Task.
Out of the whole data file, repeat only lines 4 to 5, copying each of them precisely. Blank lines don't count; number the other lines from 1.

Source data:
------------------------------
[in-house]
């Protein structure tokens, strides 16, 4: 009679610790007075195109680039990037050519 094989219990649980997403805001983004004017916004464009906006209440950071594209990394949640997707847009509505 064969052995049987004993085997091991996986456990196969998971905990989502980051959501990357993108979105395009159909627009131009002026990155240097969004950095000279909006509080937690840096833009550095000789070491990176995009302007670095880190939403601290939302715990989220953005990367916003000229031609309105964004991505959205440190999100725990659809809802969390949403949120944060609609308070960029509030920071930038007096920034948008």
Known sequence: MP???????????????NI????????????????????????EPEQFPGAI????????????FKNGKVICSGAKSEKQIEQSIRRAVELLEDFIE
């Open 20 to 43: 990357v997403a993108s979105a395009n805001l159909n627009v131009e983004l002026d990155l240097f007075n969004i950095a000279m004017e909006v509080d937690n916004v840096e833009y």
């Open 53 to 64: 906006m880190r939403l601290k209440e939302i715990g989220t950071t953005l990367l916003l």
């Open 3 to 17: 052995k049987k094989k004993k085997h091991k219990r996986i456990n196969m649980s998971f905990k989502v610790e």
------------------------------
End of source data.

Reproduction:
């Open 20 to 43: 990357v997403a993108s979105a395009n805001l159909n627009v131009e983004l002026d990155l240097f007075n969004i950095a000279m004017e909006v509080d937690n916004v840096e833009y």
């Open 53 to 64: 906006m880190r939403l601290k209440e939302i715990g989220t950071t953005l990367l916003l």